62: "I'm Evil"

"Jack is what is called an 'Online Guerilla Marketer,' or 'OGM,' and his name isn't Jack. He's agreed to speak to The Escapist on the condition that we not identify him. Like an undercover cop or secret agent, Jack's effectiveness at his job depends on his ability to remain anonymous. He'll often spend days, even weeks, infiltrating a community to earn the trust of its members before he strikes - inserting a recommendation in the right place, at the right time to generate interest in the products he represents.

A typical day for Jack starts with checking 'to make sure I haven't been discovered,' he says."

"I'm Evil"

An interesting article. It is a lot of food for thought.

It's hard for me to comment on this. I hate the idea of somebody pretending to be something they aren't so that they can sell me on a product they don't like. I don't have any issue with them doing so to support a product they DO like. But, you wouldn't have to pay someone if they would sell your product anyway. I think the money spent on convincing people to promote your product that sucks could be better spent creating a better game.

- Tom

Devious tricks, indeed, but I don't think we are going to ever have to worry about undisputed industry leader Sony resorting to shabby tricks like this. After all, when you are the maker of the PlayStation(R) brand of video game systems, you don't need to resort to cheap tricks such as this. Take the PlayStation 3, for instance: You never see OGM's pushing the PlayStation 3 on communities because it is so innovative, with Blu-Ray player and true 1080p high definition capabilities... people are going to be lining up on launch day to buy it! It would be a waste of marketing dollars for Sony to pay OGM's to flaunt how awesome the PS3 is, because the consumer already knows that it is the best.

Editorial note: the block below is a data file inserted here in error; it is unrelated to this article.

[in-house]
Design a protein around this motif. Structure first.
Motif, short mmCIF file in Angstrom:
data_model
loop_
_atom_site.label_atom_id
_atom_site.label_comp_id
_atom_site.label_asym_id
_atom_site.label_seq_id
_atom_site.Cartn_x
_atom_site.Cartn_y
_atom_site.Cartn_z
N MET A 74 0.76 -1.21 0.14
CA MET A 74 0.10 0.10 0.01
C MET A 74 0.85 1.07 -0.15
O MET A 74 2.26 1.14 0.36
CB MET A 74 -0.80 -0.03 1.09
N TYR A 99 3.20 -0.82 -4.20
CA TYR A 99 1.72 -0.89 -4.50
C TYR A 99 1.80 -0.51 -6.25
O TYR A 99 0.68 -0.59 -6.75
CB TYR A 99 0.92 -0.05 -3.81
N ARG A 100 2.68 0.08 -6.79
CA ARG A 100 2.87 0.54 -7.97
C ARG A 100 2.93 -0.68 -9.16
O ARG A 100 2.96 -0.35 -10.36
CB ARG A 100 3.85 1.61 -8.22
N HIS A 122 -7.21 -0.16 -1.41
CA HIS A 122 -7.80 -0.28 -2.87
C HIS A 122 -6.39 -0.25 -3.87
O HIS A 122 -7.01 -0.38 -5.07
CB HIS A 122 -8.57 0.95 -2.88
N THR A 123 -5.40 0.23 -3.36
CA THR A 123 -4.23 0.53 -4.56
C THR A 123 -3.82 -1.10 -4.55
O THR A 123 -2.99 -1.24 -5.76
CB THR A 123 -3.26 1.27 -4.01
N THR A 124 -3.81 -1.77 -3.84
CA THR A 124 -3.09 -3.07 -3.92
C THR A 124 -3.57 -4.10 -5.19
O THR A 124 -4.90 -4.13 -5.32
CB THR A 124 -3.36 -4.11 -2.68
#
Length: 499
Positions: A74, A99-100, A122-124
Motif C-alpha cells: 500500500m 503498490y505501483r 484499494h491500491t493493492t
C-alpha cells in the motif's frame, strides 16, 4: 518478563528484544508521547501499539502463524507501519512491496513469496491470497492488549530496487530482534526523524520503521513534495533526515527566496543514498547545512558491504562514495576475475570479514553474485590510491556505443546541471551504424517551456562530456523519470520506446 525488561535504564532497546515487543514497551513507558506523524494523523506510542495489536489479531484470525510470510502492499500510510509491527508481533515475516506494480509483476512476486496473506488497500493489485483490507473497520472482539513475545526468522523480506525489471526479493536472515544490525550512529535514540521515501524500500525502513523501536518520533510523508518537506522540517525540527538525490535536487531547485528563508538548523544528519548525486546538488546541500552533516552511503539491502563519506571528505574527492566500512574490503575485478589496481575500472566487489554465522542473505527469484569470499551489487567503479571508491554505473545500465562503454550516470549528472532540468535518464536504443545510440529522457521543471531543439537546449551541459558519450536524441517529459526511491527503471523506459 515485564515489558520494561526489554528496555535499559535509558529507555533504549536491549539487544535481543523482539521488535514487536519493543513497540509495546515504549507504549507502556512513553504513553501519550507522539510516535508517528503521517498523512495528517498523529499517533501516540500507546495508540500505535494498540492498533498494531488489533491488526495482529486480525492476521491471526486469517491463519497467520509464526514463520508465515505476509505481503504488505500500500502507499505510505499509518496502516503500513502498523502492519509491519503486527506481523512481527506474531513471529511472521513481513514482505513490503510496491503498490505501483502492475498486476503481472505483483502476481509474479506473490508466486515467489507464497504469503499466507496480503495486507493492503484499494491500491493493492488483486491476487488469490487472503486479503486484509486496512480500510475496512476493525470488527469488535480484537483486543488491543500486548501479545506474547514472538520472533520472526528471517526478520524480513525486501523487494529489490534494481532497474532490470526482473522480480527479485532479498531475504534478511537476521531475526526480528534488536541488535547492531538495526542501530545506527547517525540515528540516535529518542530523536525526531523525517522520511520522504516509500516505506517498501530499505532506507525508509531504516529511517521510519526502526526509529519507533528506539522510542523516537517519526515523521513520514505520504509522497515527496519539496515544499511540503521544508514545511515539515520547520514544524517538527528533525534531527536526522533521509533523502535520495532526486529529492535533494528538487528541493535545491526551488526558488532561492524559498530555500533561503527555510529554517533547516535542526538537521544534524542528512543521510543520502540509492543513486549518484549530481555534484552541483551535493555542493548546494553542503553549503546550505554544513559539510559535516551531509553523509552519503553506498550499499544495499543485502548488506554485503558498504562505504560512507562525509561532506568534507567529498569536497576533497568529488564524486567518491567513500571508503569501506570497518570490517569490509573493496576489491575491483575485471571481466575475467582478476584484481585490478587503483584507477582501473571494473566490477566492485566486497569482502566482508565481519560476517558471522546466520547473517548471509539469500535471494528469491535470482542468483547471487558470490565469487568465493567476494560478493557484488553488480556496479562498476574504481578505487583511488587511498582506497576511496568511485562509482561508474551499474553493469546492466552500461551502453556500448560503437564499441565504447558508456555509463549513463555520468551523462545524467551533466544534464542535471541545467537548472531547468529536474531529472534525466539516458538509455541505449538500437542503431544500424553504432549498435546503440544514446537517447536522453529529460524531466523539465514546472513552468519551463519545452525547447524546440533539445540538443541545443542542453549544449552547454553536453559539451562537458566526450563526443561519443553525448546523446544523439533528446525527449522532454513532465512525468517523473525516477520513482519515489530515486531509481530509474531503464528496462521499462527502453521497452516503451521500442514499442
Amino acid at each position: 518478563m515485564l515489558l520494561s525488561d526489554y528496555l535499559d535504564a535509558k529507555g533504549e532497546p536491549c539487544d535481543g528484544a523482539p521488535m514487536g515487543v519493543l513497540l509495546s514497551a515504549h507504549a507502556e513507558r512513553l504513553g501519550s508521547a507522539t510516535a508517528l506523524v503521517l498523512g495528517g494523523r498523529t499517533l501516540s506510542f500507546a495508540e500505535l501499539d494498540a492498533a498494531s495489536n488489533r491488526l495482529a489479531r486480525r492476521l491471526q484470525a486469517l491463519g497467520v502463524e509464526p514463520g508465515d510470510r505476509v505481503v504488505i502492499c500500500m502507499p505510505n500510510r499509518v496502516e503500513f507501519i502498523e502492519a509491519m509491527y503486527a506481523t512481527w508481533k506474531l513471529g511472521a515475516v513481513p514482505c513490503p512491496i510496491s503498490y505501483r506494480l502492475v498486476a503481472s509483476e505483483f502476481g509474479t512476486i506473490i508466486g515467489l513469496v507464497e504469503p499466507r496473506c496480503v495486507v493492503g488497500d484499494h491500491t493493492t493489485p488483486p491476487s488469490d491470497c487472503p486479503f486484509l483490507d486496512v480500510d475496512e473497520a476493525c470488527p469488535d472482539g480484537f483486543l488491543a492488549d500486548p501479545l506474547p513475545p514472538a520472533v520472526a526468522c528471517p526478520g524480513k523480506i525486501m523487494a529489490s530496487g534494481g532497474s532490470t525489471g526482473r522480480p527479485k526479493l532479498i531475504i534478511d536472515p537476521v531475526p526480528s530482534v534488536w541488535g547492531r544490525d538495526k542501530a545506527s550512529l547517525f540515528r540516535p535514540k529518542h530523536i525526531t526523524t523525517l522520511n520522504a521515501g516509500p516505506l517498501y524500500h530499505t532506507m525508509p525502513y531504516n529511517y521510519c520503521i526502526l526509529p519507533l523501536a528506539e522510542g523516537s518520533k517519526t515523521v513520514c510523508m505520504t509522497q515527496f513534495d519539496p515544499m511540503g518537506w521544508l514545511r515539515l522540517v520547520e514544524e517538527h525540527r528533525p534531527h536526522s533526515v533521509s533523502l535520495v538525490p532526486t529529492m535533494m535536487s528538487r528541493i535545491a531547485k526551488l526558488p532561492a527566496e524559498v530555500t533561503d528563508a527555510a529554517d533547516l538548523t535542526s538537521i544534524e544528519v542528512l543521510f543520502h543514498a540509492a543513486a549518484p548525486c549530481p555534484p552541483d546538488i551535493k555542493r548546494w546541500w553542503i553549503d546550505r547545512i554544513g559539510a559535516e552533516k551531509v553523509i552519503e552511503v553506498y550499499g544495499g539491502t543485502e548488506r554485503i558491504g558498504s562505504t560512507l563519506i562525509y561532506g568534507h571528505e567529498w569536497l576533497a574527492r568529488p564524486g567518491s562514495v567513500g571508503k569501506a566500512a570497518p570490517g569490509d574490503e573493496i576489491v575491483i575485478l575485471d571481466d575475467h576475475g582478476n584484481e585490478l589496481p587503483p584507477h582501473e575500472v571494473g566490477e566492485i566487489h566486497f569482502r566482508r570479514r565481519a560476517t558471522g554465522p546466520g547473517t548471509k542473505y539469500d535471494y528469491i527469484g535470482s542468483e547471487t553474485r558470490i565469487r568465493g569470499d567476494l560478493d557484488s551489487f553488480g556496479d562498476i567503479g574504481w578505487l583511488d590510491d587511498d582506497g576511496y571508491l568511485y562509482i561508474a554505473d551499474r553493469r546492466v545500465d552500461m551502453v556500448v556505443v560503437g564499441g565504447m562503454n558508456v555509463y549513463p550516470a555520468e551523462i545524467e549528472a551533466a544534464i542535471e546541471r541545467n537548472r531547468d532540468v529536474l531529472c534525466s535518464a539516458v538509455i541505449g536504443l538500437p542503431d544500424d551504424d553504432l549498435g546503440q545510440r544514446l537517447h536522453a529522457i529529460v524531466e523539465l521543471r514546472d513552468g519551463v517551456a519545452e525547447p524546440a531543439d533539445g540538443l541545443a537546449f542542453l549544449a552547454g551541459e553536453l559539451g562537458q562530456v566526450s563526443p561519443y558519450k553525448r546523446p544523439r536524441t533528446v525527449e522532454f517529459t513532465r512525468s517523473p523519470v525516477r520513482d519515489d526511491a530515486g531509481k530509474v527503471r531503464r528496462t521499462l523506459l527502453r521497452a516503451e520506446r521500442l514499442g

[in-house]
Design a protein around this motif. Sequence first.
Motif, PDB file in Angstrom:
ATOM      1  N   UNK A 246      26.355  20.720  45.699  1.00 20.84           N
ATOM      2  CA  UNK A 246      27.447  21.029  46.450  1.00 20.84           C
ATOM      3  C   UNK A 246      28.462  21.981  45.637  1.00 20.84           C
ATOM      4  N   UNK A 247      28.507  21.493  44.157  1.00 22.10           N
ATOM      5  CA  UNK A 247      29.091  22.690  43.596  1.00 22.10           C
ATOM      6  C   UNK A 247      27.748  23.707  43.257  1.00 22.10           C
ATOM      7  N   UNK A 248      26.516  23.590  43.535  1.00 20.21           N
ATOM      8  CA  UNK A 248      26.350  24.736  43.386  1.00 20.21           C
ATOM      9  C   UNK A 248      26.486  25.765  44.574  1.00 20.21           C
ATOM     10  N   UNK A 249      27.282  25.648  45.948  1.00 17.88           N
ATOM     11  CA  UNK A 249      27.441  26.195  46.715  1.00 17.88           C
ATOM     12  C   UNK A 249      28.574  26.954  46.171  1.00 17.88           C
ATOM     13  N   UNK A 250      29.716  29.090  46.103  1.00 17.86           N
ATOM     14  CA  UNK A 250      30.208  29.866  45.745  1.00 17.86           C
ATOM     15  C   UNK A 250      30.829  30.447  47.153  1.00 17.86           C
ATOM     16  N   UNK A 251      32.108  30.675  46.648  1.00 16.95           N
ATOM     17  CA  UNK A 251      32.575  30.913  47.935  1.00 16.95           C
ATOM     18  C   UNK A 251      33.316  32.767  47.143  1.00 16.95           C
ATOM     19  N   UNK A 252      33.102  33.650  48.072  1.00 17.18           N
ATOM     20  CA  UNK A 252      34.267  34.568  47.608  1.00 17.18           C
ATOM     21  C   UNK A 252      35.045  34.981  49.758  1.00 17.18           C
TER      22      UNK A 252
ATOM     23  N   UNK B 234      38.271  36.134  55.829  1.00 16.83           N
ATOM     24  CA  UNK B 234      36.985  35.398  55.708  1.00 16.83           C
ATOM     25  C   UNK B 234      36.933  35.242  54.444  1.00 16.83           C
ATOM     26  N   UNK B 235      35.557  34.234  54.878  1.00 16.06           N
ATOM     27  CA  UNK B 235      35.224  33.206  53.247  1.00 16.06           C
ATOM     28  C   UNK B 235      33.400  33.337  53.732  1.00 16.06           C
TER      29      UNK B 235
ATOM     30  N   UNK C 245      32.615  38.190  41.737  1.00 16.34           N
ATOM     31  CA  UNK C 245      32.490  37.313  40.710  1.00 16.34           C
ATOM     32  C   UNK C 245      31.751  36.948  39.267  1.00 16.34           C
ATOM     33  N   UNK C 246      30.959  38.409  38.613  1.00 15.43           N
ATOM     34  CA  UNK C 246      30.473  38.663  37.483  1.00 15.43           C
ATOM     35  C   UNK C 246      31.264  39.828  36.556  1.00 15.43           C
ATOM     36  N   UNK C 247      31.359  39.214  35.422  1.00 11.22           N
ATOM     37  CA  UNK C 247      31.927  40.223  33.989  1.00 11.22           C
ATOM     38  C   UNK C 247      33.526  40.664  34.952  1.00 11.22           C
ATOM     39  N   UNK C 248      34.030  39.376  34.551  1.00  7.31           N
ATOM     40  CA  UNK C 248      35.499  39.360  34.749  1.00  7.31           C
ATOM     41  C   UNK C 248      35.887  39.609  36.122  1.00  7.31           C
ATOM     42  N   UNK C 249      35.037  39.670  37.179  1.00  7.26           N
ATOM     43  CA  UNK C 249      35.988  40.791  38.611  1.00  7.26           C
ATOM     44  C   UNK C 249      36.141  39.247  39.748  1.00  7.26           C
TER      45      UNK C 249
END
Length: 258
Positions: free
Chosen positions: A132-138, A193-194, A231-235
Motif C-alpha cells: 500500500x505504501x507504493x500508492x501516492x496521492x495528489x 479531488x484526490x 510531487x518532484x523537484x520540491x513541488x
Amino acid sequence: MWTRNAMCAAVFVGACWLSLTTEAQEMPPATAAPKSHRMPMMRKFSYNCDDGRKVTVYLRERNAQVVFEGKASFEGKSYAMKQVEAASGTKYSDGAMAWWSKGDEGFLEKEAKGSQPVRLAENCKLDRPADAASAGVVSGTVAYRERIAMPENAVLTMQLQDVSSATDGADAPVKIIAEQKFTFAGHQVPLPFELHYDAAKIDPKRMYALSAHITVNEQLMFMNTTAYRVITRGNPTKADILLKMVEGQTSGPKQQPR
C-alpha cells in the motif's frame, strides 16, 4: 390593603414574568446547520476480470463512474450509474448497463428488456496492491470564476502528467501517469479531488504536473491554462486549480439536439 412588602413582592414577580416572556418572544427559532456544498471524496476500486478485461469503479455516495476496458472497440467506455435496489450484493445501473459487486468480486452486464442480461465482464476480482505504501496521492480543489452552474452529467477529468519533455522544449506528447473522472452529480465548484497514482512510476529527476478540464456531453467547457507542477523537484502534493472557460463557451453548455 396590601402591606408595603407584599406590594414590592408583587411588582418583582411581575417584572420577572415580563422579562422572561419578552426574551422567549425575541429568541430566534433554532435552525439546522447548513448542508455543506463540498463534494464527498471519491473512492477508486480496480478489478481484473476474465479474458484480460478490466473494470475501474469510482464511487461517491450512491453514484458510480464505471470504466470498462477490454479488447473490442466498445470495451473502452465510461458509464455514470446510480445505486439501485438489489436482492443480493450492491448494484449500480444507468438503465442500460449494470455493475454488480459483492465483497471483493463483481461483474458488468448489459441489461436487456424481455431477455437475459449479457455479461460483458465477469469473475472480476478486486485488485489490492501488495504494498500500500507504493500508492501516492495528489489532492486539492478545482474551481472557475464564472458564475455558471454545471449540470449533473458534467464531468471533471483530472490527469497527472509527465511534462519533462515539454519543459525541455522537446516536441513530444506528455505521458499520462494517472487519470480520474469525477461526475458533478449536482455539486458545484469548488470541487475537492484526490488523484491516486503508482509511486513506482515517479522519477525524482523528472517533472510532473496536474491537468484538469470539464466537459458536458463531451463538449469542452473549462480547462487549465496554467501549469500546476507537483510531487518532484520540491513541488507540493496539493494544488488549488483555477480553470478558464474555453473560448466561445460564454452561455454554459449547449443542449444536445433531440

I've already got mine pre-ordered at GameStop! How about YOU?!?!

Well-played, Cornflake. Well-played.

I don't mind this tactic. I think it's creative and would be amusing to do, for a short while at least, and as long as you keep in mind that you're not actually hurting anybody.

It's funny to think of the obvious ones and how they would get banned forever right away.

Captain Cornflake:
Devious tricks, indeed, but I don't think we are going to ever have to worry about undisputed industry leader Sony resorting to shabby tricks like this. After all, when you are the maker of the PlayStation(R) brand of video game systems, you don't need to resort to cheap tricks such as this. Take the PlayStation 3, for instance: You never see OGM's pushing the PlayStation 3 on communities because it is so innovative, with Blu-Ray player and true 1080p high definition capabilities... people are going to be lining up on launch day to buy it! It would be a waste of marketing dollars for Sony to pay OGM's to flaunt how awesome the PS3 is, because the consumer already knows that it is the best.

I've already got mine pre-ordered at GameStop! How about YOU?!?!

LMFAO

Until today I didn't even know this sort of thing happened. But yeah, I'd have to say that would be a fun job at least for a little. I'd be curious to see how good I'd be at it.

What I would like to know (and it seems am never likely to find out) is if I've ever completly unknowingly had a conversation with one of these people, or even bought a game that they recommended to me?

there was a guy who posted about fable, he did it in riddles, he had the whole forum looking for secrets that didnt exist.

i never found out the reason he did it only that he revealed himself as a hoax.